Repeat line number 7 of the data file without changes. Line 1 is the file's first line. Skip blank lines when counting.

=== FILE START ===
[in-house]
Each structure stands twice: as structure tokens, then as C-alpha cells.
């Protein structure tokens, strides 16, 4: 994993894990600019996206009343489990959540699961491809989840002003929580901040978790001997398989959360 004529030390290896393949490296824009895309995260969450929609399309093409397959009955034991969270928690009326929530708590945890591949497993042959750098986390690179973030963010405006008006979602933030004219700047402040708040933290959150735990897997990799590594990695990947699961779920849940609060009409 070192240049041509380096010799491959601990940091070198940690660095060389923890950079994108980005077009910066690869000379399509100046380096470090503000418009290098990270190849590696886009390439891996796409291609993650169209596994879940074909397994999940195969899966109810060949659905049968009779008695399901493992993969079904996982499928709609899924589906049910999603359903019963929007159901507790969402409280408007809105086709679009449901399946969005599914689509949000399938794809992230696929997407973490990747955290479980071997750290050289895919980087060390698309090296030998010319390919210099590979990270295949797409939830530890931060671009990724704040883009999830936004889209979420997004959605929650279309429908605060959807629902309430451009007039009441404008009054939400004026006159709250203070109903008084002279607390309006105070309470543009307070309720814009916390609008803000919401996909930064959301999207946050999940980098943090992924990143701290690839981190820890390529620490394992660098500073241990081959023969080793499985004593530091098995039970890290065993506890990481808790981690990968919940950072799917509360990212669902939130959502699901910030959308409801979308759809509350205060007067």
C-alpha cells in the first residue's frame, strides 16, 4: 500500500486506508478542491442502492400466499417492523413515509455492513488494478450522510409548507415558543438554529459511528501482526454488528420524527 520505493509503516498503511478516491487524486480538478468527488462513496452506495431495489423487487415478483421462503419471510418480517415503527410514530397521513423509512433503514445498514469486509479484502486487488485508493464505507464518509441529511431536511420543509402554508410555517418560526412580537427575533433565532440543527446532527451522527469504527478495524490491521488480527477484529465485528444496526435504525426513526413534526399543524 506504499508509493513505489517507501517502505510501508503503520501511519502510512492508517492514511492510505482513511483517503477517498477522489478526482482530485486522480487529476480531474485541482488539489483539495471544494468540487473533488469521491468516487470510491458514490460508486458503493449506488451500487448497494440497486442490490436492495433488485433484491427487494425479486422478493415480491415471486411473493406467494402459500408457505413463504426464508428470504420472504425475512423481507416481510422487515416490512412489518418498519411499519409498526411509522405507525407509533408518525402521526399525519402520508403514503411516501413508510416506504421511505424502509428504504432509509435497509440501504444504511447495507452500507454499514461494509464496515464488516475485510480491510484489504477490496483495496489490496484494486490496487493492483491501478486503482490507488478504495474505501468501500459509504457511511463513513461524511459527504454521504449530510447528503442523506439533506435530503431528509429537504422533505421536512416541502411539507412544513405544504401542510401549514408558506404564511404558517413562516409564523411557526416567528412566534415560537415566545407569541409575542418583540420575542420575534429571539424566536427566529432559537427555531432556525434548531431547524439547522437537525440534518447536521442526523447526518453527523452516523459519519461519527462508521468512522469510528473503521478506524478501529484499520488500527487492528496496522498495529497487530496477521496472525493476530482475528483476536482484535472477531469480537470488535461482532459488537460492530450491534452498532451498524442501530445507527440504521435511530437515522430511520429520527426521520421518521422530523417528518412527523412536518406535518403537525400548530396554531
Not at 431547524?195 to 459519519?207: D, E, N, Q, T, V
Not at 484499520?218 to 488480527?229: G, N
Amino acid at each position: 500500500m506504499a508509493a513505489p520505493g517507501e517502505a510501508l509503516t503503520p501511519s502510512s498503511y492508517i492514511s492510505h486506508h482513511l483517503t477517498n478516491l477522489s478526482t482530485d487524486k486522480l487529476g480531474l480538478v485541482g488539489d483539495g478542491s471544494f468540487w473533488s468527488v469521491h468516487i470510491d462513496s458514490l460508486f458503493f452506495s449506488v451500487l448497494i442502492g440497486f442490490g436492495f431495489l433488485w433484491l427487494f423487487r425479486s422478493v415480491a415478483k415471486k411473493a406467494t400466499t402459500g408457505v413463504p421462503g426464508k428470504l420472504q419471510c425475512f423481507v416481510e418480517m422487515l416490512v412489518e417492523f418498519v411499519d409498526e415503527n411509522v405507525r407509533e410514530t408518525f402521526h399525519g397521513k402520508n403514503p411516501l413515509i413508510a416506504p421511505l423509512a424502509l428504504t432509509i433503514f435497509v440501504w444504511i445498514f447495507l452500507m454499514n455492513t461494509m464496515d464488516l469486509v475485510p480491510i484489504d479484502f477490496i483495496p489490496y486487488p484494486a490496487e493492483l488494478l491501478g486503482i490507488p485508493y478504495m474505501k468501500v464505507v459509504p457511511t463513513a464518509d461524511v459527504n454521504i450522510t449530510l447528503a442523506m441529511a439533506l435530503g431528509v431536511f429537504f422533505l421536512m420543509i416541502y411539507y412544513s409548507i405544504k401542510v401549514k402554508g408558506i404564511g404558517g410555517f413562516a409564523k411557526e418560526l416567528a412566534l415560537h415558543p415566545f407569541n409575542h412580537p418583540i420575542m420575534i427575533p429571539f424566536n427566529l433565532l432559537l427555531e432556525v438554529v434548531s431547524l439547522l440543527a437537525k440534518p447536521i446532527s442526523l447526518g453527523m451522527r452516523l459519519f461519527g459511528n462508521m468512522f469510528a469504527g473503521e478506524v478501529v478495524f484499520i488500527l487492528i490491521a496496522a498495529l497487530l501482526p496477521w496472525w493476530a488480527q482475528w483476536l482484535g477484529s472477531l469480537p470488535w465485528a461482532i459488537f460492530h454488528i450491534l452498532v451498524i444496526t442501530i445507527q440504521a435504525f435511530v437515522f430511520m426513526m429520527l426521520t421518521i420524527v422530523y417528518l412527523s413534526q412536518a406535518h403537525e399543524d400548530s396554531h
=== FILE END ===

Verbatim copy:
Amino acid at each position: 500500500m506504499a508509493a513505489p520505493g517507501e517502505a510501508l509503516t503503520p501511519s502510512s498503511y492508517i492514511s492510505h486506508h482513511l483517503t477517498n478516491l477522489s478526482t482530485d487524486k486522480l487529476g480531474l480538478v485541482g488539489d483539495g478542491s471544494f468540487w473533488s468527488v469521491h468516487i470510491d462513496s458514490l460508486f458503493f452506495s449506488v451500487l448497494i442502492g440497486f442490490g436492495f431495489l433488485w433484491l427487494f423487487r425479486s422478493v415480491a415478483k415471486k411473493a406467494t400466499t402459500g408457505v413463504p421462503g426464508k428470504l420472504q419471510c425475512f423481507v416481510e418480517m422487515l416490512v412489518e417492523f418498519v411499519d409498526e415503527n411509522v405507525r407509533e410514530t408518525f402521526h399525519g397521513k402520508n403514503p411516501l413515509i413508510a416506504p421511505l423509512a424502509l428504504t432509509i433503514f435497509v440501504w444504511i445498514f447495507l452500507m454499514n455492513t461494509m464496515d464488516l469486509v475485510p480491510i484489504d479484502f477490496i483495496p489490496y486487488p484494486a490496487e493492483l488494478l491501478g486503482i490507488p485508493y478504495m474505501k468501500v464505507v459509504p457511511t463513513a464518509d461524511v459527504n454521504i450522510t449530510l447528503a442523506m441529511a439533506l435530503g431528509v431536511f429537504f422533505l421536512m420543509i416541502y411539507y412544513s409548507i405544504k401542510v401549514k402554508g408558506i404564511g404558517g410555517f413562516a409564523k411557526e418560526l416567528a412566534l415560537h415558543p415566545f407569541n409575542h412580537p418583540i420575542m420575534i427575533p429571539f424566536n427566529l433565532l432559537l427555531e432556525v438554529v434548531s431547524l439547522l440543527a437537525k440534518p447536521i446532527s442526523l447526518g453527523m451522527r452516523l459519519f461519527g459511528n462508521m468512522f469510528a469504527g473503521e478506524v478501529v478495524f484499520i488500527l487492528i490491521a496496522a498495529l497487530l501482526p496477521w496472525w493476530a488480527q482475528w483476536l482484535g477484529s472477531l469480537p470488535w465485528a461482532i459488537f460492530h454488528i450491534l452498532v451498524i444496526t442501530i445507527q440504521a435504525f435511530v437515522f430511520m426513526m429520527l426521520t421518521i420524527v422530523y417528518l412527523s413534526q412536518a406535518h403537525e399543524d400548530s396554531h